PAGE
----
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2

MAME emulates a fixed, finite (if rather large) list of arcade games. The complete circuit board layout of every game is stored in the MAME executable. All code and data needed for emulation of most of the chips is compiled into the MAME executable, but for practical reasons, the contents of ROM chips are stored in external files. This is partly to keep the ...


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When MAME started, the aim was to make the classic games work on a "modern" machine. For that, a lot of shortcuts were taken: hardcoding some game data / hardware color palette in the code giving names to EEPROMS that weren't the most logical sometimes the emulator used the Yamaha YM chip from the popular Sounblaster / AWE64 to play the sounds of ...


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While it doesn't "skip" per-se, you can press the Page Down key on your keyboard to temporarily unlock the speed throttling and somewhat "fast forward" through intros and such you don't want to wait around for. The key might not be universal, but in my experience it works for anything that isn't emulating a keyboard (e.g. Apple II ...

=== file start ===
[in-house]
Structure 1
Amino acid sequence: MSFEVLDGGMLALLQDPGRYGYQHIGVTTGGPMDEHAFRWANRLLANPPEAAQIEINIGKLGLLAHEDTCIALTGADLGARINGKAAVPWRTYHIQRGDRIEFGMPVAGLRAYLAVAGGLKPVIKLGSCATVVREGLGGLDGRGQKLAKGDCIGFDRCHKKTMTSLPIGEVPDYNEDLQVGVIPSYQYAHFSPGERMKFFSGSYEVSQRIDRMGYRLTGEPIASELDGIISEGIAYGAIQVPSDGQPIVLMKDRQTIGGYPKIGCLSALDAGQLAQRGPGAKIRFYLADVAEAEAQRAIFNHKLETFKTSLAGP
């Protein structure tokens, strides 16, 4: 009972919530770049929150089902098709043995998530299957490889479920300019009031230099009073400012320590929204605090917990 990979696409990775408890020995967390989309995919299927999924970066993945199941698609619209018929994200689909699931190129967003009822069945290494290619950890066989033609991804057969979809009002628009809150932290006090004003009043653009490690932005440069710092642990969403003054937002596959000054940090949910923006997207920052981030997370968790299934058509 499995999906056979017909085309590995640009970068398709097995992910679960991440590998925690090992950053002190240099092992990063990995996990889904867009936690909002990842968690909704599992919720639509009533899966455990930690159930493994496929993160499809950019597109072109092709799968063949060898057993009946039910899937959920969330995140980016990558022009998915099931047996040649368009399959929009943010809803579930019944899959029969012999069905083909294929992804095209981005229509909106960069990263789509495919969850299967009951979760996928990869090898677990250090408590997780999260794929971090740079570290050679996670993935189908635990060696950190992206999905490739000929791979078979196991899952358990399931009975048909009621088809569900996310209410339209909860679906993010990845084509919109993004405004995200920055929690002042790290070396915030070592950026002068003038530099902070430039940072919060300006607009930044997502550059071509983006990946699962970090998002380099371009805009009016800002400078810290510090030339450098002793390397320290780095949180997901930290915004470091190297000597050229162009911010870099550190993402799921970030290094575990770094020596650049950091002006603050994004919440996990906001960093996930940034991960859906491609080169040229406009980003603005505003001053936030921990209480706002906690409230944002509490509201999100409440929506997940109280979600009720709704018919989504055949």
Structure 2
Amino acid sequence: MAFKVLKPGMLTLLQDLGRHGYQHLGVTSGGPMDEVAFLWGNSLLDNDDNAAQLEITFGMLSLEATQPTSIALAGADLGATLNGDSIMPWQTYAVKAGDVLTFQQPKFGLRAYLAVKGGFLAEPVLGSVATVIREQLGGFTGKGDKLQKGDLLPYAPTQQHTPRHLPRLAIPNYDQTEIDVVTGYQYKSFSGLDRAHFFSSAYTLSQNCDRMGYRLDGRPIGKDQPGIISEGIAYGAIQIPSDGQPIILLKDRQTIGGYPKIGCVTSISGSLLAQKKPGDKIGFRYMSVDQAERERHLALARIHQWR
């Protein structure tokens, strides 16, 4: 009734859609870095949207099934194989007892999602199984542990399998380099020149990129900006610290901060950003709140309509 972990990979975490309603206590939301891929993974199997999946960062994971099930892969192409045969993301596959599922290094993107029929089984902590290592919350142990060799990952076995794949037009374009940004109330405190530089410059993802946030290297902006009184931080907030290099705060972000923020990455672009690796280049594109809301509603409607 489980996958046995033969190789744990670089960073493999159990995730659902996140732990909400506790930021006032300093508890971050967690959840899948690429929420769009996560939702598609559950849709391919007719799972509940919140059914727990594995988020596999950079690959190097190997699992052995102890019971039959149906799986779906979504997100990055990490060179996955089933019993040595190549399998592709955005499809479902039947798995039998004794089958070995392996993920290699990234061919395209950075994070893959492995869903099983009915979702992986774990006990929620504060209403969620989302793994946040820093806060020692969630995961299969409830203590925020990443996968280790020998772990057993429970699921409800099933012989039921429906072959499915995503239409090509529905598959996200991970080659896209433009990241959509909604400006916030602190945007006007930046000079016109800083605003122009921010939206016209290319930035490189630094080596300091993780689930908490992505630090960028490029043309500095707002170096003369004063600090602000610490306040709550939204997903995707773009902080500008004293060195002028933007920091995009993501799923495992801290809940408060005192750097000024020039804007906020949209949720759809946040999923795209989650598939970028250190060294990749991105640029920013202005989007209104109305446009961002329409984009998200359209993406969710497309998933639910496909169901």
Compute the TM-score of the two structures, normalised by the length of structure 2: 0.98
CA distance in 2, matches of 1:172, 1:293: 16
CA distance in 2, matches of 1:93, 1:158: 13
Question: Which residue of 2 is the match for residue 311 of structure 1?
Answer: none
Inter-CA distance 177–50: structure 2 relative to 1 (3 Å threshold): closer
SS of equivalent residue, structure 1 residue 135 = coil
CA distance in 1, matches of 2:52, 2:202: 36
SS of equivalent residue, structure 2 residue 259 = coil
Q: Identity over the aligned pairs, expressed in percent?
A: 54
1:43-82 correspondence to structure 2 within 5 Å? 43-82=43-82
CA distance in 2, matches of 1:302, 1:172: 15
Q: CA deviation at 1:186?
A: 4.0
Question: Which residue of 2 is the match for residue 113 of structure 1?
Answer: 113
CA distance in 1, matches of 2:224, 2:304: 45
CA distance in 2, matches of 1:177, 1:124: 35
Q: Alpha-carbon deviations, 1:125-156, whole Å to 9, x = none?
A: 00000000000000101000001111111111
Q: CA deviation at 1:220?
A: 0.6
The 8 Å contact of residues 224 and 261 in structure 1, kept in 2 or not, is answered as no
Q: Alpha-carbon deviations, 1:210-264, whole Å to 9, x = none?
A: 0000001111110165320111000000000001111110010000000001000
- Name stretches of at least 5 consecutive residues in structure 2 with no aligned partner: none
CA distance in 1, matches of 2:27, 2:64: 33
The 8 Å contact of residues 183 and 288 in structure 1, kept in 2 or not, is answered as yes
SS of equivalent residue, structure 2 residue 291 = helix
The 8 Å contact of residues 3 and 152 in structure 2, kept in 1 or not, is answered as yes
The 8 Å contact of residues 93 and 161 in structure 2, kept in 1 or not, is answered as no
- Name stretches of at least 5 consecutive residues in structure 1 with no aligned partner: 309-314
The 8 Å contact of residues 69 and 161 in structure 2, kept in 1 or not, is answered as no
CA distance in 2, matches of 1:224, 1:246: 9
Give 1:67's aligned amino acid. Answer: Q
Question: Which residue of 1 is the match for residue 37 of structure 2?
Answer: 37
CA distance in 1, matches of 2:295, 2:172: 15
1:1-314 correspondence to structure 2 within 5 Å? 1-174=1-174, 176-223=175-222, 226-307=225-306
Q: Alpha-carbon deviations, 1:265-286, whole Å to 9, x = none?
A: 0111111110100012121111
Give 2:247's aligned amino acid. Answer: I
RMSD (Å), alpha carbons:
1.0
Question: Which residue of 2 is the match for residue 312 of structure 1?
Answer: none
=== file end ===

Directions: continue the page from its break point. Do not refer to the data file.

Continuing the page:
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The ability to skip cut scenes was a rather late addition to the arcade scene. I'm not quite sure why; if a player would rather skip a cut scene than spent time watching it, I can't imagine arcade operators being opposed. Pinball machines likewise took awhile to let players skip animation sequences, though in the days before such sequences could be skipped ...


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